The Post-Colonial Hangover

Churchill, the Constitution and the Future of Colonialism in Australia


Words || Priyasha Prasad

I was weaving. It was important, as much as I could remember. The matriarch and I were sitting in the shallows. She told me about how the sea speaks to us. How it tells us stories, signals us, warns us. I didn’t believe her. The sea began to churn, and as it settled, I saw white. Tall white men ambling towards us. Amidst the screaming I began to scramble to my feet, and was struck down with a blade. One more strike.

Then I woke up.

I cried for a while from the force of that dream. I had so many questions. Why was I having a dream about colonisation in 2019? Why is my subconscious afraid of history? At least, colonisation is all in the past, right?

My subconscious fears are simply a psychological manifestation of an effect known as the ‘Post-Colonial Hangover.’

Basically, colonisation has transformed into this societal weight that suppresses ethnically diverse groups that were directly affected by colonialism. It manifests itself at every scale, from legislation to everyday interactions, and without reformation, will continue to disproportionately affect marginalised groups. 

We only need to look at our perception of history to see it in effect. Your history books probably told you that Winston Churchill was a war hero, an exceptional leader and the key to Britain’s success as a nation. What it left out was every racist, genocidal sentiment and command he made to ensure Britain stood tall on the corpses of entire cultures. Churchill showed no remorse for the genocide of indigenous peoples as he testified in the Peel Commission in 1937, “I do not admit for instance, that a great wrong has been done to the Red Indians of America or the black people of Australia. I do not admit that a wrong has been done to these people by the fact that a stronger race, a higher-grade race, a more worldly wise race to put it that way, has come in and taken their place.”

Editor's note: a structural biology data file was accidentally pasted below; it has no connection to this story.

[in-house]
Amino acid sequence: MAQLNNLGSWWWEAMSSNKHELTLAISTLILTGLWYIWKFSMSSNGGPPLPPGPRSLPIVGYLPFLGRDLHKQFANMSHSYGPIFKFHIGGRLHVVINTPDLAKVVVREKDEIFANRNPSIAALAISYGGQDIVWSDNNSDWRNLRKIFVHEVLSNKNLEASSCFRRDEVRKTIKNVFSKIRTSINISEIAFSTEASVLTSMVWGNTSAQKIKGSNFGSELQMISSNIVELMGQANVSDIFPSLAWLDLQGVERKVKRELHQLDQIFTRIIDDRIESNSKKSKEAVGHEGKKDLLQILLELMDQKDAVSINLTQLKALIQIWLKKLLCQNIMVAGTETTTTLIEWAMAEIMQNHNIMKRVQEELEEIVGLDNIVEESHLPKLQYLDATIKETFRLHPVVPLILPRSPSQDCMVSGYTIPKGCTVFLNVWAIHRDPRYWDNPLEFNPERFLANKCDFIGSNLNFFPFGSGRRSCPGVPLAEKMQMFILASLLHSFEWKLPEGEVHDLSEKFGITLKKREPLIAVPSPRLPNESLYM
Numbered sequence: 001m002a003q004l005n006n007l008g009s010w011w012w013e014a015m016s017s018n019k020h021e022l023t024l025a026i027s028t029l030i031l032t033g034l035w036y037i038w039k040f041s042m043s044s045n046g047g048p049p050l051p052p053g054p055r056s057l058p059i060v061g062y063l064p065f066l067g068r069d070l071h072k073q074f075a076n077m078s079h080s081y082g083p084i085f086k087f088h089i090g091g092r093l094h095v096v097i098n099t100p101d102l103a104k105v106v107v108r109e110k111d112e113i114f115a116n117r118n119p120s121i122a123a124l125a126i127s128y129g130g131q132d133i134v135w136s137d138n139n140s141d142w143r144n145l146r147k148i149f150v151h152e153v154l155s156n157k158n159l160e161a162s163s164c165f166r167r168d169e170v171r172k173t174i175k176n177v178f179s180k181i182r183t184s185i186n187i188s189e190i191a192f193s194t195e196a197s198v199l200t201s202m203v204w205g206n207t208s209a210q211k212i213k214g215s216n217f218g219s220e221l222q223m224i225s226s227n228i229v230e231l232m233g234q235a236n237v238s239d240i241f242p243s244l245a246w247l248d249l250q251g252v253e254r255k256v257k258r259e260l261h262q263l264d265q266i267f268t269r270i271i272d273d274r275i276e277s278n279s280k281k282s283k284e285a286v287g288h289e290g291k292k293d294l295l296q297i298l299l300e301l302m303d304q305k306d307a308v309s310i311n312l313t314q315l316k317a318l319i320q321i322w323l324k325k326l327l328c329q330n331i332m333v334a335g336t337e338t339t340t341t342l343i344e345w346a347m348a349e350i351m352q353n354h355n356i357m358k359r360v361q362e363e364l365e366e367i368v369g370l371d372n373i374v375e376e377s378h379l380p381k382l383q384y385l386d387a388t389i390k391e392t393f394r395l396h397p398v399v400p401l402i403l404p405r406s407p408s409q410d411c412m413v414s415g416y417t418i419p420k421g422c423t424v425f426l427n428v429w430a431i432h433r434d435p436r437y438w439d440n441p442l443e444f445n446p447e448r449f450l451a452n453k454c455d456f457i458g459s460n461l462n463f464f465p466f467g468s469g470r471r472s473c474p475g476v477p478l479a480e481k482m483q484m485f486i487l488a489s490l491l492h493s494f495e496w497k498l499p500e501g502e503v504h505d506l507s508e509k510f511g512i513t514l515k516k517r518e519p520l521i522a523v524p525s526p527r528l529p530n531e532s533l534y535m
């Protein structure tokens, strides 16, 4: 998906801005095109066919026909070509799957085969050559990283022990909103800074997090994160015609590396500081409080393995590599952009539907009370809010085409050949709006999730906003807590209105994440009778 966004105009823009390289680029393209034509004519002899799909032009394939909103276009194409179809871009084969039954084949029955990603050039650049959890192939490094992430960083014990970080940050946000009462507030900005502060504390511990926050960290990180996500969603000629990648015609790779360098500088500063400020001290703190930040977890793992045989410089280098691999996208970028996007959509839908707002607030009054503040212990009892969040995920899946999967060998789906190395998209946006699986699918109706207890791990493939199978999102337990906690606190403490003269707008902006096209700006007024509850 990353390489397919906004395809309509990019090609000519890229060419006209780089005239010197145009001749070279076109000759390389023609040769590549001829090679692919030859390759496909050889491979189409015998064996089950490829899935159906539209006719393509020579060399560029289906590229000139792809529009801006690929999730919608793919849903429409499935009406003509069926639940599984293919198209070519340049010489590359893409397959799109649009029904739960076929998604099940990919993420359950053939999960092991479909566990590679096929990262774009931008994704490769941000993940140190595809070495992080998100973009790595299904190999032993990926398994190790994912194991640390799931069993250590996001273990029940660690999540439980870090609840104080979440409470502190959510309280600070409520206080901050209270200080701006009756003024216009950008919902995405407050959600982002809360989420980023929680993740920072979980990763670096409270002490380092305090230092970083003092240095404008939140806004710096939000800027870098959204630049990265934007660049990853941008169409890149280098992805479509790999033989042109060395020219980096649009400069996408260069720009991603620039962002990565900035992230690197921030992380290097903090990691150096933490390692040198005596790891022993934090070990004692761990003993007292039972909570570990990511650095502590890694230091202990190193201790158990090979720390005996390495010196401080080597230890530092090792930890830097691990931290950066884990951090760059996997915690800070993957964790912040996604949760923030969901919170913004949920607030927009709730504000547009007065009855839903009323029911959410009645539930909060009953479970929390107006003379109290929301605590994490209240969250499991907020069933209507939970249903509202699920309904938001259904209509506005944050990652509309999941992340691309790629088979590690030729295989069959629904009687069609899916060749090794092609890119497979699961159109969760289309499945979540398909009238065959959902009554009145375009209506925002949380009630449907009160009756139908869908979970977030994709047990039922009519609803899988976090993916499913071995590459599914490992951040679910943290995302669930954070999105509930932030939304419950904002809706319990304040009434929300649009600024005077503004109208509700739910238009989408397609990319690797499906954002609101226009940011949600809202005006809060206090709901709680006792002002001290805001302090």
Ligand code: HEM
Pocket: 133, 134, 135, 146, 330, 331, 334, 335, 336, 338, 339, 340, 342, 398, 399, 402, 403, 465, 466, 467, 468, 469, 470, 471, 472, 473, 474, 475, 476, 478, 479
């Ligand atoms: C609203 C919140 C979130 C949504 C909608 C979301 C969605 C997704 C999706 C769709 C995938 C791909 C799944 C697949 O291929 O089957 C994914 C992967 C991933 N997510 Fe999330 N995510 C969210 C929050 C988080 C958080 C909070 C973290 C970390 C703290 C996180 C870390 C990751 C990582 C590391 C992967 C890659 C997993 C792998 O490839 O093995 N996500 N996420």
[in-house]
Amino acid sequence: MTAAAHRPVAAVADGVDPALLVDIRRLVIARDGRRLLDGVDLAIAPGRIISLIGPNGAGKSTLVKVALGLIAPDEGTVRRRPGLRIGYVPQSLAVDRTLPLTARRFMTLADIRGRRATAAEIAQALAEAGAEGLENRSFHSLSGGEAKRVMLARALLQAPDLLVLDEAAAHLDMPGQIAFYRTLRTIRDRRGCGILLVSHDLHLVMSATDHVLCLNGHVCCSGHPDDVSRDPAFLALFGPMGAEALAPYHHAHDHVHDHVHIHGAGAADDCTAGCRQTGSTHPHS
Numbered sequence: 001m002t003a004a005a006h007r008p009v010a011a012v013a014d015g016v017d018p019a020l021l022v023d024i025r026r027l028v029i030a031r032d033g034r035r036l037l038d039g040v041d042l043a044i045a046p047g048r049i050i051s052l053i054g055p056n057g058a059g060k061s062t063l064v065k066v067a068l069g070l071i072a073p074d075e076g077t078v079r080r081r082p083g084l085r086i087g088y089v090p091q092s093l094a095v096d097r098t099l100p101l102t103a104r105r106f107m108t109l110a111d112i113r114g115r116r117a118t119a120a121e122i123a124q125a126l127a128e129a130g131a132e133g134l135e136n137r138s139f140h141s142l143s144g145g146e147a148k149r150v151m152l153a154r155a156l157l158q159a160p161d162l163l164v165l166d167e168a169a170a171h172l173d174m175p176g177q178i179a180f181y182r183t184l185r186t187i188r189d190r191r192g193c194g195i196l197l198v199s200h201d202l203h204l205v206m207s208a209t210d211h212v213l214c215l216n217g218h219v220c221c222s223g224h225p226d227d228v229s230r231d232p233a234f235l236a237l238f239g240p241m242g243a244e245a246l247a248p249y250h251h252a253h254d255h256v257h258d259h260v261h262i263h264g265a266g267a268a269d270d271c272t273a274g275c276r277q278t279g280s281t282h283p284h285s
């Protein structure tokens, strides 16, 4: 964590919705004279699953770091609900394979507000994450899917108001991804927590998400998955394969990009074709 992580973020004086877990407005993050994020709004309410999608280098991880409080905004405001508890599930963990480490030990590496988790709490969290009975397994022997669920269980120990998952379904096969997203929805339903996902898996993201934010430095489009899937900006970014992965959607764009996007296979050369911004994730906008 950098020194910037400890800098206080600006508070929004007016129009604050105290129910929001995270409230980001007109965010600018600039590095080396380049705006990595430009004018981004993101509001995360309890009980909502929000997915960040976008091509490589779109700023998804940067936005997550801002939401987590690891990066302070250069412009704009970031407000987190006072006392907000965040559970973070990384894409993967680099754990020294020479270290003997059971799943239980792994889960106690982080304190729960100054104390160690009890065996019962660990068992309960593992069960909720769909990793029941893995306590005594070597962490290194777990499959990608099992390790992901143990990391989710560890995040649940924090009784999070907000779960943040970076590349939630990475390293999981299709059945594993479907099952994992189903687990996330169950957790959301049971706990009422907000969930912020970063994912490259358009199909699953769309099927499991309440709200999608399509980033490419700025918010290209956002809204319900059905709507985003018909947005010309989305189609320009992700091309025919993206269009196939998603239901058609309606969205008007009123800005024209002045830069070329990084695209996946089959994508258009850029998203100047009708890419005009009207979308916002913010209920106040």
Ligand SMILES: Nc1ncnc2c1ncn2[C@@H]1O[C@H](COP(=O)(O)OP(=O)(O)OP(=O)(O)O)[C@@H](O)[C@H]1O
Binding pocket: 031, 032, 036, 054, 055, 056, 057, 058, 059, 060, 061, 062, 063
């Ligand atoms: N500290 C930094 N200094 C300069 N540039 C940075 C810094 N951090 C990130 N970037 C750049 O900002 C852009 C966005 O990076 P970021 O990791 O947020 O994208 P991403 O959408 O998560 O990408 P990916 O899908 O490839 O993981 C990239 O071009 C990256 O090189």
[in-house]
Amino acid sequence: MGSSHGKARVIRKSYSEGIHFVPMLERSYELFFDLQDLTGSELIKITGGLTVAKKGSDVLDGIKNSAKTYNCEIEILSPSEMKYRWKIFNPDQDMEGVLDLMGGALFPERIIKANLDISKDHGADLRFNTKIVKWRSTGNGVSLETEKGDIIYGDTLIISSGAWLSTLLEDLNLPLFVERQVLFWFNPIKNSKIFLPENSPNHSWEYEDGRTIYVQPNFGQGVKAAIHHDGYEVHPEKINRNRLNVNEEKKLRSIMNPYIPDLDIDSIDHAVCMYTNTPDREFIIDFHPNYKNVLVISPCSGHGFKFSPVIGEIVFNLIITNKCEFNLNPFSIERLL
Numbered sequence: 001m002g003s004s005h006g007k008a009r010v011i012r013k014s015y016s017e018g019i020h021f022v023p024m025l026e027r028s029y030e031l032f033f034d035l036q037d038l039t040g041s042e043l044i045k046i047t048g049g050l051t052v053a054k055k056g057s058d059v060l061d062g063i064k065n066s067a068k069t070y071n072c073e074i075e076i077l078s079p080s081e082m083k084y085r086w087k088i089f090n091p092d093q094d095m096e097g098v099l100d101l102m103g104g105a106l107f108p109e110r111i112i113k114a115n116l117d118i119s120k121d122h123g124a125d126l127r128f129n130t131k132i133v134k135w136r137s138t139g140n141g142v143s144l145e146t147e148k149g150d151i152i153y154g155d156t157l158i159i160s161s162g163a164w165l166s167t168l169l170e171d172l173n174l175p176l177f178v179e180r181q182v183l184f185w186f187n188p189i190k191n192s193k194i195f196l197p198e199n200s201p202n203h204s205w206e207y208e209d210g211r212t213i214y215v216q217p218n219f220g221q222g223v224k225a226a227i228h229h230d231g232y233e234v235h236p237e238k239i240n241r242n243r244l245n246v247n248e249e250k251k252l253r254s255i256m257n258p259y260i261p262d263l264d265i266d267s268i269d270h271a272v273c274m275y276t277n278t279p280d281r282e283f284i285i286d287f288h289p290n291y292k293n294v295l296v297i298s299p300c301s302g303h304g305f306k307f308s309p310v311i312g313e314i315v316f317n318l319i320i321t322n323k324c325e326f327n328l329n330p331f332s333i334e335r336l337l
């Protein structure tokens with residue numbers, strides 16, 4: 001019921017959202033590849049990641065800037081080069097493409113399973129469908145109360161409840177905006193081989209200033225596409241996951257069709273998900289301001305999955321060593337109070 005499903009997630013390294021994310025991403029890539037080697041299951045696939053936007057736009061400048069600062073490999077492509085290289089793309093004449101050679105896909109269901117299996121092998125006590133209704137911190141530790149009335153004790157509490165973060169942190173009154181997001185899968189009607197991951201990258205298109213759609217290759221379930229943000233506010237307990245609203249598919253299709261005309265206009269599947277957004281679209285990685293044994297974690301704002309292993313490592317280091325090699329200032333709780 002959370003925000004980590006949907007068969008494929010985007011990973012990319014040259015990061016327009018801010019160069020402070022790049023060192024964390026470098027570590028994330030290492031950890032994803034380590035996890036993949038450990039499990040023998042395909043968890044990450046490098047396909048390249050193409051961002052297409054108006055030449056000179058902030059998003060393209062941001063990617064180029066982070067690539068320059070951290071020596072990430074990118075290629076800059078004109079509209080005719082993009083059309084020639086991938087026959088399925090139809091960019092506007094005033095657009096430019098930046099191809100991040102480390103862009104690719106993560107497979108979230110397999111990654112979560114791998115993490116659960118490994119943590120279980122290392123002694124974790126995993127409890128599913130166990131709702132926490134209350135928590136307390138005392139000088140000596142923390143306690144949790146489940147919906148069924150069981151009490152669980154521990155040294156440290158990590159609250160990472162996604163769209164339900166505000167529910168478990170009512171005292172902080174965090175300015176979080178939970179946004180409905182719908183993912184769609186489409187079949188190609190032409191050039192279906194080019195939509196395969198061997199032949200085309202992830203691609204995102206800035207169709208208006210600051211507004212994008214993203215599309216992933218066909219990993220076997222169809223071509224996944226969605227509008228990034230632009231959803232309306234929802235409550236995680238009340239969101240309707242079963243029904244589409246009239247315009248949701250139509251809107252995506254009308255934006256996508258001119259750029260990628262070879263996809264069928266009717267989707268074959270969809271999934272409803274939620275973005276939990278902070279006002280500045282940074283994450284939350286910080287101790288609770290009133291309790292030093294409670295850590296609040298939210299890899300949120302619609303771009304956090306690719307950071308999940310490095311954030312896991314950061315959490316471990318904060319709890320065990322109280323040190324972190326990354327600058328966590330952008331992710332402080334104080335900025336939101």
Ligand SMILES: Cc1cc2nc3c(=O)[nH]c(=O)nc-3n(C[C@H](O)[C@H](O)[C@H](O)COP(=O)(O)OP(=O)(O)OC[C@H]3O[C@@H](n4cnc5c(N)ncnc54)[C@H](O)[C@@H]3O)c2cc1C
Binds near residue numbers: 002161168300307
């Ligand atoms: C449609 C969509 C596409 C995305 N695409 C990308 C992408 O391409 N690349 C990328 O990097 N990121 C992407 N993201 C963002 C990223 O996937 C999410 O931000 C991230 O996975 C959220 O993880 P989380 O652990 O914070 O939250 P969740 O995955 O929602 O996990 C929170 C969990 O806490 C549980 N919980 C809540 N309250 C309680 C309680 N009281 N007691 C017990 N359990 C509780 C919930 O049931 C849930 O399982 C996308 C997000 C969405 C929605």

He advocated for the use of chemical weapons to spark fear in indigenous populations, stating, “I am strongly in favour of using poisoned gas against uncivilised tribes.” Hmm.. remind you of anyone? I am definitely not the first person to draw that parallel. Leo Amery, a member of Churchill’s own War Cabinet, “couldn’t help telling him that I didn’t see much difference between his outlook and Hitler’s, which annoyed him no little.” 

I don’t know what to tell you Winston buddy, when your OWN people are comparing you to the genocidal white supremacist that you’re trying to defeat, you’ve stooped to a whole new low. To be charitable, he preferred using tear gas and other non-lethal gases to “spread a lively terror” that would “leave no serious permanent effect on most of those affected.” He was indignant to say the least when informed of the drastic death toll of the Bengal famine that he himself had aggravated. He childishly wrote in the margins of a report to British officials, “Why hasn’t Gandhi died yet?”